New statistics show that the chances of being involved in a traffic accident in Jalisco are significantly greater than in 2017.
But rather more people are dying from bullet wounds than from motor vehicle accidents.
According to a state police report, accidents spiked by 602% over the course of last year compared with 2017. In that year, police recorded 284 traffic accidents. In 2018, the number soared to 1,994.
According to Pedro Limón Covarrubias, a pavement and asphalt expert at the University of Guadalajara, one of the principal causes for the increase in accidents is the lack of maintenance on important highways in the state.
The professor said 16% of vehicle accidents are due to infrastructure, including road conditions and their design.
Infrastructure and Public Works Secretary David Zamora agreed. He told the state Congress last month that of 4,420 kilometers of highways, 1,547 were in critical need of repair, 1,989 were in normal to poor condition and only 884 kilometers were acceptable.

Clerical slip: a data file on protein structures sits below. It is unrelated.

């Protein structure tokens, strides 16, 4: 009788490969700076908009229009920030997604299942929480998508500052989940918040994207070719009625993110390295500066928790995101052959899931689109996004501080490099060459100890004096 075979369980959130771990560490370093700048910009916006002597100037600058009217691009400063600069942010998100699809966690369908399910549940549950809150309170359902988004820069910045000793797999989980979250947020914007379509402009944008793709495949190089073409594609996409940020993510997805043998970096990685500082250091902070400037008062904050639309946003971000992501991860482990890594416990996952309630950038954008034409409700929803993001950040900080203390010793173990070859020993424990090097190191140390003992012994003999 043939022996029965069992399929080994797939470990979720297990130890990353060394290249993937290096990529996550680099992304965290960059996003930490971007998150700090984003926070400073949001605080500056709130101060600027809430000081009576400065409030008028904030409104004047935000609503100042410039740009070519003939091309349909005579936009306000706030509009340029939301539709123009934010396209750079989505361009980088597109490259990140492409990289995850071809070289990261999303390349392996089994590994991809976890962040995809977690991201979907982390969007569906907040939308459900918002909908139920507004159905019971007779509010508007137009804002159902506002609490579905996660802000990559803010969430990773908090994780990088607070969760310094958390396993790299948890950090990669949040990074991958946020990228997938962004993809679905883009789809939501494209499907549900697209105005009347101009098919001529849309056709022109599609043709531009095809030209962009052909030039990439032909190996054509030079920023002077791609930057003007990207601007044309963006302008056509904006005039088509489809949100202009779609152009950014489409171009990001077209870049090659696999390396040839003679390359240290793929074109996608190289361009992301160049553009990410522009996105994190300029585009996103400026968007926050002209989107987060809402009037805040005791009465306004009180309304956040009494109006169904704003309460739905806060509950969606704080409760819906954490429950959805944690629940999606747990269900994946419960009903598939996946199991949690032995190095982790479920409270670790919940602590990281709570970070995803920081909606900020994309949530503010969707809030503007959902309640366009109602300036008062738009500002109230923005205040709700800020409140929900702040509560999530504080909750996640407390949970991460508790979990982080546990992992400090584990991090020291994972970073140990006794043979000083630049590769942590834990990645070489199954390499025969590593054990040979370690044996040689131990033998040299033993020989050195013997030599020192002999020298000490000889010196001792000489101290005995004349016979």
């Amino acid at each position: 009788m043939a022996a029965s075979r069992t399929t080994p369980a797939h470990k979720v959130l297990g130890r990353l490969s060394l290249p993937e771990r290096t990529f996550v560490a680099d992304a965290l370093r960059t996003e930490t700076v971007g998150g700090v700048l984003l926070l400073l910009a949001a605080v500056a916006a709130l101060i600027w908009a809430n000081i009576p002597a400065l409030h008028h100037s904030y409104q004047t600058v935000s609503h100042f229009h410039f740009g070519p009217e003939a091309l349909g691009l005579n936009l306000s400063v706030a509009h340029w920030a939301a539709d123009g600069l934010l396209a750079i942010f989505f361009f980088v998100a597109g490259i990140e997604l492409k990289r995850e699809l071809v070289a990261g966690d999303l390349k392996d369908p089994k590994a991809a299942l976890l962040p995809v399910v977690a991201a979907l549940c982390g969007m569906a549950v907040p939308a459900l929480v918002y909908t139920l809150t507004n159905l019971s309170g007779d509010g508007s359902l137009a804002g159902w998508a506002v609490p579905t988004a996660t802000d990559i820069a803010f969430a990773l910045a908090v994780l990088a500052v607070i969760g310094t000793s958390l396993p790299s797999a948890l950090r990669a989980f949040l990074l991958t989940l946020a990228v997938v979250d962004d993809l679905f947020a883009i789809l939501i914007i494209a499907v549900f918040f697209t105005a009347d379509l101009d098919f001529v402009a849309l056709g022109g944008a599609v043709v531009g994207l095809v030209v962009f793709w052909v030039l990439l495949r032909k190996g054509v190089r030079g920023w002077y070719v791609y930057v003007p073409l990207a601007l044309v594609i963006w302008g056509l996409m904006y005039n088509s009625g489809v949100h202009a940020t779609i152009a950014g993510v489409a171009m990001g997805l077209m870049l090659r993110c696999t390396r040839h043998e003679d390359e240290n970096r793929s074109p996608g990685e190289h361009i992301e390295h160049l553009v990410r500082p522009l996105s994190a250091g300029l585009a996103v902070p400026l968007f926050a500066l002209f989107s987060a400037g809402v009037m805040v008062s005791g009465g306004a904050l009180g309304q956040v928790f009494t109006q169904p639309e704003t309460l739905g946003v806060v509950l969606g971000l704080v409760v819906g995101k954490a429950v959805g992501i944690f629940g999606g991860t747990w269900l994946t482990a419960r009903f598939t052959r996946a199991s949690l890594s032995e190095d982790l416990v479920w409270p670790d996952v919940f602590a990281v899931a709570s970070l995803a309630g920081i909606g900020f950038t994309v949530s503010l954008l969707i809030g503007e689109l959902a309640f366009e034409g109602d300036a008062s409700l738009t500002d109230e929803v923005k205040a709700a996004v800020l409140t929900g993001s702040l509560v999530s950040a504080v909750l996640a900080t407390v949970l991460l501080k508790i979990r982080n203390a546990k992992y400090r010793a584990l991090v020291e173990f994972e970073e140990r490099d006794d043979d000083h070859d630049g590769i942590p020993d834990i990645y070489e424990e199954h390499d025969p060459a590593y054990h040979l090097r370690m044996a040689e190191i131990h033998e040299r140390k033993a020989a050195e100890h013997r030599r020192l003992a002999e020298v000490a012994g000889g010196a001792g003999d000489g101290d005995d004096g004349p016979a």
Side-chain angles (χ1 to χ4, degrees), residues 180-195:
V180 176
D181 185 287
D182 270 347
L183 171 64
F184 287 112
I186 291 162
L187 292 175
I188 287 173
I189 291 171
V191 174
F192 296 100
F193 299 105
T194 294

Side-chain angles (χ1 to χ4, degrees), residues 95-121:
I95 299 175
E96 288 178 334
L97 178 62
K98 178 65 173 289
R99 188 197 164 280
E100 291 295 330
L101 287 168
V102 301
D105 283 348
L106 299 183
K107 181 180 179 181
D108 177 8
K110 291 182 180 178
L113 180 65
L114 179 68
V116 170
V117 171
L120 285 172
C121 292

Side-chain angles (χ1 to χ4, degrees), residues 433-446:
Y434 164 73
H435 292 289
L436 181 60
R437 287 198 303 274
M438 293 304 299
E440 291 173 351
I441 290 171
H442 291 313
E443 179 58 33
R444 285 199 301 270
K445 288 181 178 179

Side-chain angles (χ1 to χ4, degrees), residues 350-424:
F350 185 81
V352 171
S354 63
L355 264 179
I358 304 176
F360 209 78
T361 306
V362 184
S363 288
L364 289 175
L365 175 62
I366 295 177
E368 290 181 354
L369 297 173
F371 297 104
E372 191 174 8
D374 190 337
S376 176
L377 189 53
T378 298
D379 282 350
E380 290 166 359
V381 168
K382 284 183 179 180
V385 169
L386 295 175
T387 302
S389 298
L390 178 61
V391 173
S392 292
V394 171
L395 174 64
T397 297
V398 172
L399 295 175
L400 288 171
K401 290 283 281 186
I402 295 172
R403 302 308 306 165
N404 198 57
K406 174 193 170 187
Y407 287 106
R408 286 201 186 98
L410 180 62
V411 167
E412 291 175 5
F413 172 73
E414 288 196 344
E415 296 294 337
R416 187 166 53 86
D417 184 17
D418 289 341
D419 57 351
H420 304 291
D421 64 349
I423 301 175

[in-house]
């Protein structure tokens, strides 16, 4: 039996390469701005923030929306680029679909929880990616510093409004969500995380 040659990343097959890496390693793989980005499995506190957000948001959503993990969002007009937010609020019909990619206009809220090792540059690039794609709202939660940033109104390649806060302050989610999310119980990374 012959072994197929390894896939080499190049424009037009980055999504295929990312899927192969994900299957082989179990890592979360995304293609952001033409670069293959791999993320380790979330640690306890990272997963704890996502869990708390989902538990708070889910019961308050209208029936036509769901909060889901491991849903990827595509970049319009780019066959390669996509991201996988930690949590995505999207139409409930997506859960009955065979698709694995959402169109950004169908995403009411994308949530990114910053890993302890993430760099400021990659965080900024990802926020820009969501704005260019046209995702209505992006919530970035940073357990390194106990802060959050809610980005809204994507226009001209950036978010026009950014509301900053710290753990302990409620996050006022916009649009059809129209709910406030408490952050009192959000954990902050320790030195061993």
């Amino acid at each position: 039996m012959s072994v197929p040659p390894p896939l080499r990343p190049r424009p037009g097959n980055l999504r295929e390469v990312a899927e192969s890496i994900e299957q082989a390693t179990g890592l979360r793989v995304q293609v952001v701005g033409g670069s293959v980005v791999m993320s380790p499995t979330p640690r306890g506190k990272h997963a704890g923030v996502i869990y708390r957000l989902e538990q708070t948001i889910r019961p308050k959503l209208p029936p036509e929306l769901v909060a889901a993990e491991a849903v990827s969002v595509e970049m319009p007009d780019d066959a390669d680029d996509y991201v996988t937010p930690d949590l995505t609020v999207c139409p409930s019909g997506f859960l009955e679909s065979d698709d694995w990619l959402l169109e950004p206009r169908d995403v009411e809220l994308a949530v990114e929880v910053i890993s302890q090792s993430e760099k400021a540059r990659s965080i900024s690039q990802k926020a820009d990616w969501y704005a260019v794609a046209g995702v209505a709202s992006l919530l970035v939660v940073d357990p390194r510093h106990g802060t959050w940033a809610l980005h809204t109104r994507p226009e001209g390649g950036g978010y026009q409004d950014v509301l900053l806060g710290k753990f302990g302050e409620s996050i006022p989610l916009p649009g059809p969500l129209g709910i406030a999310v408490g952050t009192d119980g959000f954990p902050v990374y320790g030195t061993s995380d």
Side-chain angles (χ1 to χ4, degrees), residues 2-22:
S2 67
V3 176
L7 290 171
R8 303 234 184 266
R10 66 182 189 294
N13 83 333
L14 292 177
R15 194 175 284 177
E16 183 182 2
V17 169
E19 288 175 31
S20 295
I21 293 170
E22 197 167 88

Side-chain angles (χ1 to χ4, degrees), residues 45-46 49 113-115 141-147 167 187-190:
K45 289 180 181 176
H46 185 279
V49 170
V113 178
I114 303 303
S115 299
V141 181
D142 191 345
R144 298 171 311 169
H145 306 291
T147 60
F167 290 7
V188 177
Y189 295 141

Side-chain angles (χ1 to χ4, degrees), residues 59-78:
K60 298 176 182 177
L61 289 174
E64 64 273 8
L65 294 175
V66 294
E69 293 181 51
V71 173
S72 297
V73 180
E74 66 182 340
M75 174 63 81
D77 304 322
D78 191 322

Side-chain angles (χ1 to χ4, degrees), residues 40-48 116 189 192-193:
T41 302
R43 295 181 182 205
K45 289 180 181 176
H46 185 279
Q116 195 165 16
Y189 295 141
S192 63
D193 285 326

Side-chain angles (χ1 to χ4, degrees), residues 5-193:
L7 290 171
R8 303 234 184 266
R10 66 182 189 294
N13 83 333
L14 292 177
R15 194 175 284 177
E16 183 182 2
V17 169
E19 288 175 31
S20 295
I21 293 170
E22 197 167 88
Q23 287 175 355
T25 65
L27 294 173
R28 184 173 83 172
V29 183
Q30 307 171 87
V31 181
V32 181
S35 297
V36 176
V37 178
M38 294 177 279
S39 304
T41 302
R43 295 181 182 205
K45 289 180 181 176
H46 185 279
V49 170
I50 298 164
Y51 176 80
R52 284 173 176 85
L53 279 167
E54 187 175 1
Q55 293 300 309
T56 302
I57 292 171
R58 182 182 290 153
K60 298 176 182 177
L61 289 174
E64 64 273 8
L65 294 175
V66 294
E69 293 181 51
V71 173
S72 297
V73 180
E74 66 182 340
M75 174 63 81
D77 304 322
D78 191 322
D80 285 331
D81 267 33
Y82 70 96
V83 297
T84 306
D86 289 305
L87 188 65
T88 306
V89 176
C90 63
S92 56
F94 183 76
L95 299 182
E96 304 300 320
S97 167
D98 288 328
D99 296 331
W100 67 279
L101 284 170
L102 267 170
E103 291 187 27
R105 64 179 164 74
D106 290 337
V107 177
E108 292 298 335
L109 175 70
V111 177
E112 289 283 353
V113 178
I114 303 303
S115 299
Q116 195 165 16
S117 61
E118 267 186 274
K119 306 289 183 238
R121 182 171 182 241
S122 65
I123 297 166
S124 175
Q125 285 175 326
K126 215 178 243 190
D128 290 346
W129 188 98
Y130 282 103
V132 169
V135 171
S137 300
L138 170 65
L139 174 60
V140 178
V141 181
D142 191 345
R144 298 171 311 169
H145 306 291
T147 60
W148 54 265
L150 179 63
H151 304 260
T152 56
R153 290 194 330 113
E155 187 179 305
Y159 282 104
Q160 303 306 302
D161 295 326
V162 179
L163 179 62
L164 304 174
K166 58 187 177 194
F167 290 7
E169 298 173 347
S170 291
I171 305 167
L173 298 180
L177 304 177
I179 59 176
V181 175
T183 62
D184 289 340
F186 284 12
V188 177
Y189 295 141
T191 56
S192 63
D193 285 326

The municipality with the most accidents last year was Arandas, with 133. The most dangerous stretch of road was kilometer 314 of the Tepatitlán-León highway, with 56 accidents — up from 33 in 2017.
In second place, San Miguel El Alto registered 47 traffic accidents in 2018, 18 of which took place at kilometer 304 of the Jalostotitlán-San Diego Alejandría highway.
Limón said that a combination of heavy vehicular traffic and varying weather conditions cause the majority of potholes and cracks on state highways, for which he recommended regular preventative maintenance.
“With the studies that we have done, we have determined that preventative maintenance — not corrective maintenance — needs to be conducted every two to three years. [When they conduct] corrective maintenance, we are talking about a road that shows a lot of serious damage, and that is why we need rigorous maintenance.”
Meanwhile, the state’s Forensic Science Institute said firearms killed more people than either traffic accidents or various illnesses during the first three months of the year.
There were 469 people killed in gunfire, 189 in motor vehicle accidents and 178 by heart attacks, pulmonary edema and other ailments.